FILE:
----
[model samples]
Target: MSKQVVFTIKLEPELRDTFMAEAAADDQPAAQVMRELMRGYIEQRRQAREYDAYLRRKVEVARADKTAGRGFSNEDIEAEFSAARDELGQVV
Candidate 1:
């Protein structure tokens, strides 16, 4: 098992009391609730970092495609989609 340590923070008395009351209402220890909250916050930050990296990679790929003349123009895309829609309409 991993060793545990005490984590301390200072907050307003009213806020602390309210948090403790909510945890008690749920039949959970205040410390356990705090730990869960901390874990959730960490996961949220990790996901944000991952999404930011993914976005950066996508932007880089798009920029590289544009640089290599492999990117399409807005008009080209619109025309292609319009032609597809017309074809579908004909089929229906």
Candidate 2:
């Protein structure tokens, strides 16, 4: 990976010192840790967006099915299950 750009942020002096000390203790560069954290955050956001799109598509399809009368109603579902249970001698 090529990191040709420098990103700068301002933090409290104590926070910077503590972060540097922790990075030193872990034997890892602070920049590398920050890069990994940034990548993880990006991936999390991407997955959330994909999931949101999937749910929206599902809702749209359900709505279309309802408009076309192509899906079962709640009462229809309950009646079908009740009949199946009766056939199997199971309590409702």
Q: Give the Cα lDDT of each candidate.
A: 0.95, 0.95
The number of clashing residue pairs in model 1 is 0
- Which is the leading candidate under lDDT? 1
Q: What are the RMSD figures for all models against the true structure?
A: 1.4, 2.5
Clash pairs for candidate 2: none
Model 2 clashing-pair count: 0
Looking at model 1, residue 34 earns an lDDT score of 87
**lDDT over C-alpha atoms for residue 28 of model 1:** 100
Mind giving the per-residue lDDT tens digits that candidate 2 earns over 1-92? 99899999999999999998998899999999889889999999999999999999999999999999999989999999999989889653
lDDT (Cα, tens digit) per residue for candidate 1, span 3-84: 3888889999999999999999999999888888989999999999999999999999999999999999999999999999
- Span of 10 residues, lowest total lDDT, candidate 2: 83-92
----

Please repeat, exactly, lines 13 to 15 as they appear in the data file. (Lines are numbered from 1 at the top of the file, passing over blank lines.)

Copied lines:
Clash pairs for candidate 2: none
Model 2 clashing-pair count: 0
Looking at model 1, residue 34 earns an lDDT score of 87